Building Async and Cloud Native organizations - Issue #15

GitHub Code Search publicly available and Code Spaces support for JetBrains Rider.

Welcome to my weekly newsletter! Every week, I bring you the latest news, updates, and resources from the world of coding and architecture. I'm so glad you've decided to join me, and I can't wait to share my insights and expertise with you.

I hope this newsletter is a valuable resource, and I welcome your feedback and suggestions. If there's something you'd like to see more of, or if you have any questions or comments, please don't hesitate to contact me.

Thank you for joining me, and happy reading!


You never know what is next with Twitter, but this move can be good if implemented correctly. Asking for a montly fee and an identity check is a way to reduce the number of bots. On the other hand, it can limit innovation and push individuals away from creating integrations.

Getting the right API metrics is a tricky process. Listen to the API intersection podcast to learn which metrics are critical:

Coding technicalities

What if you want to use a new coding construct, such as the new ArgumentNullException.ThrowIfNull function, but you need to go through all your code to find all the different variations that you want to replace? That would be a tedious task, but not with some clever tricks with Reshaper:

Would you have guessed that the below syntax is valid? A multiline switch statement to format a string outputted to the console.

Console.WriteLine($"{0} {1} {2}.",
    individual switch
        "I" or "You" or "They" => "have",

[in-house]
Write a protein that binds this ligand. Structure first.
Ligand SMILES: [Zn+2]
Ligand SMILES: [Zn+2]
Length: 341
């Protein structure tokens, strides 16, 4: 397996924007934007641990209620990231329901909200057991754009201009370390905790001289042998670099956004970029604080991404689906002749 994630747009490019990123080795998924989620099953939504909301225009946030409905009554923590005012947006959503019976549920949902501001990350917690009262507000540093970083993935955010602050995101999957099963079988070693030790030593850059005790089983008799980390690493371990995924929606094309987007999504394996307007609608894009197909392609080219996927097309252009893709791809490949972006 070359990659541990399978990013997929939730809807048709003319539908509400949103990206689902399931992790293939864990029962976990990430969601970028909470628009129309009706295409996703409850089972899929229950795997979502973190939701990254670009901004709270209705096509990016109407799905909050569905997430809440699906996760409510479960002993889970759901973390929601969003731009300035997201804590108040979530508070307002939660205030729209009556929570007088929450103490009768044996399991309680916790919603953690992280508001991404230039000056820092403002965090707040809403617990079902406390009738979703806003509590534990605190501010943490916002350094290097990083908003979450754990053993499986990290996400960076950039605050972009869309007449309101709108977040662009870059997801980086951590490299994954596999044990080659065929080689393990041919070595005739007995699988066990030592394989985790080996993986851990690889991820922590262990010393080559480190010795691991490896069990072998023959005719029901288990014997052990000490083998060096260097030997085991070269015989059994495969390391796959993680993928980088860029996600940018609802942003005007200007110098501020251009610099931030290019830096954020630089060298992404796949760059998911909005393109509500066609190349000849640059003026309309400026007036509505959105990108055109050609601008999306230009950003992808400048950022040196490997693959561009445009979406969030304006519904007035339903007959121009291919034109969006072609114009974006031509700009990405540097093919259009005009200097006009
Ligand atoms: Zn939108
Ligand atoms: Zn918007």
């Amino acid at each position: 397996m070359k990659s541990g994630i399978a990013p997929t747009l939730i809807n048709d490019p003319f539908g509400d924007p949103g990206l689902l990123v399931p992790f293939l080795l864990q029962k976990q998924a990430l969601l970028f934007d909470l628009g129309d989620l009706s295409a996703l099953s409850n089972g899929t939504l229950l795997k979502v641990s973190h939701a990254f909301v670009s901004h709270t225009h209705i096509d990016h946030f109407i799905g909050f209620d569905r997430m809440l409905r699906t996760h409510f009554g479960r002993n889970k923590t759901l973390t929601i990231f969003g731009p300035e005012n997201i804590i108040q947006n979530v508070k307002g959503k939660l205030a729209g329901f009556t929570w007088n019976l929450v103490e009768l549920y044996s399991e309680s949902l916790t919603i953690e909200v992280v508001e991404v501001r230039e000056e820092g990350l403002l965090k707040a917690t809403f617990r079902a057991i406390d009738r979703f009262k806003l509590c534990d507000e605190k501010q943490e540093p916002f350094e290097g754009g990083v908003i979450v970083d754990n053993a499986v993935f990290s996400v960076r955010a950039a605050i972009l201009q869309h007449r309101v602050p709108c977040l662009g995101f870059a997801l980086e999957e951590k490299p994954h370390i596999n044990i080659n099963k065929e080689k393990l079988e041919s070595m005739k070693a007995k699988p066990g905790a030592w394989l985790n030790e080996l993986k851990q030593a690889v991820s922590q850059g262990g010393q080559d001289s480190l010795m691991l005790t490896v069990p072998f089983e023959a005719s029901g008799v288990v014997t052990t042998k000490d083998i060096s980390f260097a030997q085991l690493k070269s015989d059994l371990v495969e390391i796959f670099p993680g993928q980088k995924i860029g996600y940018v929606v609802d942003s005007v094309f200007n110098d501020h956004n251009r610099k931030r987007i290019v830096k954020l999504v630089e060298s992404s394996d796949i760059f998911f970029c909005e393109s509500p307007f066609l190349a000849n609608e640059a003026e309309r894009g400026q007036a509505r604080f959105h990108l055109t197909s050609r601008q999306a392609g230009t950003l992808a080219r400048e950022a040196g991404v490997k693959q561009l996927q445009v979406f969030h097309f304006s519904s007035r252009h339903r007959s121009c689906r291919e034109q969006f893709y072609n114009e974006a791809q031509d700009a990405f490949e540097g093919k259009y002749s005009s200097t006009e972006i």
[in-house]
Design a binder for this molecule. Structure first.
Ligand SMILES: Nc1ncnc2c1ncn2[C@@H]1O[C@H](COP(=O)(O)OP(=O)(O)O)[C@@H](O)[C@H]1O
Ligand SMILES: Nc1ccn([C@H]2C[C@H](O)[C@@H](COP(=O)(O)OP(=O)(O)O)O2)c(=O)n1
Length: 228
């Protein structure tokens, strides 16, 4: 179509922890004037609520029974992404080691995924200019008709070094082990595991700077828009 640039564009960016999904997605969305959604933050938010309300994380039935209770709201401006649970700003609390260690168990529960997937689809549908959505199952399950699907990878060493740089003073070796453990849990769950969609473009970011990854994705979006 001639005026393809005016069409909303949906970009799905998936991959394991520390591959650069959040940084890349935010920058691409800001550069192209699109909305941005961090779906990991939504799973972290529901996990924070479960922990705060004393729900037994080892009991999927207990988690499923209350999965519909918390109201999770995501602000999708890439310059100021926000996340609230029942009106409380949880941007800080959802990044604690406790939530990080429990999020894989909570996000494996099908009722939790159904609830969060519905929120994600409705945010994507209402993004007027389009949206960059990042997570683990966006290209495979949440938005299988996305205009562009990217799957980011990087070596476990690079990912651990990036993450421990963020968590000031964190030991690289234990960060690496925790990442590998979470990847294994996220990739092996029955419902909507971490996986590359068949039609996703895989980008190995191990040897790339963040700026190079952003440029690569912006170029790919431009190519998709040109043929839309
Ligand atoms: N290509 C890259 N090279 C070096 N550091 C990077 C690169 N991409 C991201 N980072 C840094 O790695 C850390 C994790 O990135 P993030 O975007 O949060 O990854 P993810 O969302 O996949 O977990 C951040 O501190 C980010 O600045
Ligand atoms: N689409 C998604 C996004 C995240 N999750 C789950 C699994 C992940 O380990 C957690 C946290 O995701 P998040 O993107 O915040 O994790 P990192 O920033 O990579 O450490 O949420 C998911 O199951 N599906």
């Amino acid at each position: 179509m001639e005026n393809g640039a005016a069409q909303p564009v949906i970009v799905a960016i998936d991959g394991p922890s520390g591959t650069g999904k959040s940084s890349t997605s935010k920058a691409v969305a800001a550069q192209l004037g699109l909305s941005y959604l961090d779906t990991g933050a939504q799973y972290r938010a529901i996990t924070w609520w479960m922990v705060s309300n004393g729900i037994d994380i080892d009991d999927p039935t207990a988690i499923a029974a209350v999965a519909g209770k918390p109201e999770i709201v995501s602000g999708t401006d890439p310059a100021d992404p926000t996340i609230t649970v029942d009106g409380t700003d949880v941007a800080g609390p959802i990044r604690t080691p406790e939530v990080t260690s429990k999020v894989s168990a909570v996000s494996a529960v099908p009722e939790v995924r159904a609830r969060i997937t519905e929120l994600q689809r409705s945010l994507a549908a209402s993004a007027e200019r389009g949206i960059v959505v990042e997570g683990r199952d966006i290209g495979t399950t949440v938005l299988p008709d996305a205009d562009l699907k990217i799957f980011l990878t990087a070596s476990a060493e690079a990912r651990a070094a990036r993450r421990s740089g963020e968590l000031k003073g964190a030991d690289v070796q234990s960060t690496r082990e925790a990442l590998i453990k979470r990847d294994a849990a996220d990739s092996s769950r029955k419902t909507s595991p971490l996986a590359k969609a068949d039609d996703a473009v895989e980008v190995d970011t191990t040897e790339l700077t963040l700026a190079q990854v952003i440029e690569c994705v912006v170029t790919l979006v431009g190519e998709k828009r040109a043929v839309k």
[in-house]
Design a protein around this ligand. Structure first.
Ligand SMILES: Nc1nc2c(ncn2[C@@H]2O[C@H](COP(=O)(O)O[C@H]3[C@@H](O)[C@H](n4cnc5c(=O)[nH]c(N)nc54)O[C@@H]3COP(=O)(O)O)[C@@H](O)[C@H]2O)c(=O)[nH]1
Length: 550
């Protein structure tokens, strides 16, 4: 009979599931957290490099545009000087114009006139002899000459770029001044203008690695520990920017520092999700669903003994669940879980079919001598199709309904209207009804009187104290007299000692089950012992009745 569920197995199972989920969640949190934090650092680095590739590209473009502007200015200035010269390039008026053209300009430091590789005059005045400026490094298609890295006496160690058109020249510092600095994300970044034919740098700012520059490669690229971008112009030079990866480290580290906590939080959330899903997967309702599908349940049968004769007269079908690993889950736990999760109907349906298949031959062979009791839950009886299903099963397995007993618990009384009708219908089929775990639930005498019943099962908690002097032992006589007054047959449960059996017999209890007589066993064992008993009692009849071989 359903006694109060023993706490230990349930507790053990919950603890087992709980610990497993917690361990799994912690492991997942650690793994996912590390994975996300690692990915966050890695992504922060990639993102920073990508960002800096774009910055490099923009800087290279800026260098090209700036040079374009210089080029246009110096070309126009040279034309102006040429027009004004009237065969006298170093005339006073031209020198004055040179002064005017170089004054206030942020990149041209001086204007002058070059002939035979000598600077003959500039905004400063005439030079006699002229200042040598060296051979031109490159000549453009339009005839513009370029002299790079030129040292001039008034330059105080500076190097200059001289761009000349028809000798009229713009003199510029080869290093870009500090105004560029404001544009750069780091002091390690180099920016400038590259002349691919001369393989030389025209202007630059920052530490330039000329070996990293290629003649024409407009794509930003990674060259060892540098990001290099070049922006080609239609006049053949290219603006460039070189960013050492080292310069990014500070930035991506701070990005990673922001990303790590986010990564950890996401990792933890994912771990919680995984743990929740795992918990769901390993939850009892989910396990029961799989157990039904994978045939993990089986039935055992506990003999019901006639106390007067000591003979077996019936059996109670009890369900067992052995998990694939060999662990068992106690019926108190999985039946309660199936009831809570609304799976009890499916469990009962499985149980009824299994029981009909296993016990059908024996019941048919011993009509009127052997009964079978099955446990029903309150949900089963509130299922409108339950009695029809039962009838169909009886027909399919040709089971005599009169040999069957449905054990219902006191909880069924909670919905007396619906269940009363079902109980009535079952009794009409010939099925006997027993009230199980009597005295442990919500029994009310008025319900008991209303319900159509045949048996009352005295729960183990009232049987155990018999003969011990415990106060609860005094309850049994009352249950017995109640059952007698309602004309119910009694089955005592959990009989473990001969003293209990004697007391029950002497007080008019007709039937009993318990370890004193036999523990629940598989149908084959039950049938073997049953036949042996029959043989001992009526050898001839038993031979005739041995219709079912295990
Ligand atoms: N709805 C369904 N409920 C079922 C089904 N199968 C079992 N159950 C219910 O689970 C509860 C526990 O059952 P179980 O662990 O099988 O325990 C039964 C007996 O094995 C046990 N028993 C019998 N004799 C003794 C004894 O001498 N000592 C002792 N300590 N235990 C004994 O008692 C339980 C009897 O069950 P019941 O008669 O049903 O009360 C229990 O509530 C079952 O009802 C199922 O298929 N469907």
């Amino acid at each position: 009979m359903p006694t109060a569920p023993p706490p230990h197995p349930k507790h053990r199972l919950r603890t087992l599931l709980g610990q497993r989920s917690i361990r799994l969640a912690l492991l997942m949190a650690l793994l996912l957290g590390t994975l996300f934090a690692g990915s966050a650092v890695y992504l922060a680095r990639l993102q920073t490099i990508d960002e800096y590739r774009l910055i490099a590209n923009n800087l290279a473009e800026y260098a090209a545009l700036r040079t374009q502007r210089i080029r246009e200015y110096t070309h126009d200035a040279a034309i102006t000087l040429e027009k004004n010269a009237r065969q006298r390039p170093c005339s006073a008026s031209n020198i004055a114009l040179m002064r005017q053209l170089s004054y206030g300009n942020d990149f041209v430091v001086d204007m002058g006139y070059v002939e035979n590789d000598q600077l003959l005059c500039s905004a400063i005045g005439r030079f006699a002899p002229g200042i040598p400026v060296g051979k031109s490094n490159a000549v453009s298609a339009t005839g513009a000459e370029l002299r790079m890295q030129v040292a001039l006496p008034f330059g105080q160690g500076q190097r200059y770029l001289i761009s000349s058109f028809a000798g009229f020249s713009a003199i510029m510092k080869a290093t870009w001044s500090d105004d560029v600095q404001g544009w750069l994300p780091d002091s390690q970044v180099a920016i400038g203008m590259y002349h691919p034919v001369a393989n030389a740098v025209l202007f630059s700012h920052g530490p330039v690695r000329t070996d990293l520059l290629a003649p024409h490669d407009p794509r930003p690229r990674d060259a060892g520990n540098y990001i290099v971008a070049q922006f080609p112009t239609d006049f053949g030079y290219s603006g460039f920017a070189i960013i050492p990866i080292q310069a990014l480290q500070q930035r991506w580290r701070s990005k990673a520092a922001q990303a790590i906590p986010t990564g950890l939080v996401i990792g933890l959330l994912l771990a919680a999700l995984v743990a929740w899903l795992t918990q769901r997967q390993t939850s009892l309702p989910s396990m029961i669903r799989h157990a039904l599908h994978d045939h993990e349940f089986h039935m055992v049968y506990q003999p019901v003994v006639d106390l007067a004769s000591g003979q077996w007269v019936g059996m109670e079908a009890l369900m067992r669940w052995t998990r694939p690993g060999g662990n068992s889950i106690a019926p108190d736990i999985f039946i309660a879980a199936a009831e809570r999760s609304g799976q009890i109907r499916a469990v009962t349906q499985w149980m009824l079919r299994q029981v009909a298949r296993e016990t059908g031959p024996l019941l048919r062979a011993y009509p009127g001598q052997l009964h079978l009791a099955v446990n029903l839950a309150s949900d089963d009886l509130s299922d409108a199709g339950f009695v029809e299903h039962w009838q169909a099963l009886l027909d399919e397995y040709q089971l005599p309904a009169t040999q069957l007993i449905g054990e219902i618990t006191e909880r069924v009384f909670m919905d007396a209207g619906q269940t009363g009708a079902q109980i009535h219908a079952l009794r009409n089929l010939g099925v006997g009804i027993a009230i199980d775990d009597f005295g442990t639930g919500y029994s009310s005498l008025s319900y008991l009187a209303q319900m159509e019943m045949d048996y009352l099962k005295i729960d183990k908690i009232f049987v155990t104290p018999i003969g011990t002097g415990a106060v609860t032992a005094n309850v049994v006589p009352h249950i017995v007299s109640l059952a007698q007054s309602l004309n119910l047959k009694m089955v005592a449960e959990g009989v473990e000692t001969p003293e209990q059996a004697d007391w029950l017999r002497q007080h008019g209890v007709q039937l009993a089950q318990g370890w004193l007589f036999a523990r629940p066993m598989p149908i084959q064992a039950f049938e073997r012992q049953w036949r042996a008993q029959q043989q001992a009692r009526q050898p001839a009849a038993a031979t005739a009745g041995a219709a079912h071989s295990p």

_ => "has",
    individual switch
        "I" => "given a confidential security briefing",
        "You" => "leaked",
        _ => "been charged under section 2a of the Official Secrets Act"

String interpolation is a nice feature, but it can also be beneficial as some components like loggers can skip the more costly string operations when it is not needed (like a log level that is not hit). Read more on the Endjin blog:

GitHub related

Good news! The new Code Search functionality of GitHub is now publicly available. It is an extremely fast search engine that allows for further filtering of the found results.

It not only searches through code, but it can also find results in issues and users. Enable the feature itself, and it replaces the old search with this new functionality.


Start your search at, and if you are interested in the inner working of their search engine, then have a look at their engineering blog:

GitHub came a long way; from being a primarily open source platform to a more enterprise oriented platform. It is certainly not there yet, as the below article highlight that some elements that need work…

I recently gave a workshop about Azure Functions and most of the time it involves setting up all kinds of dependencies and SDKs before the participants can actually start their exercises. A waste of time and I wished I could just give each of them a prepackage machine.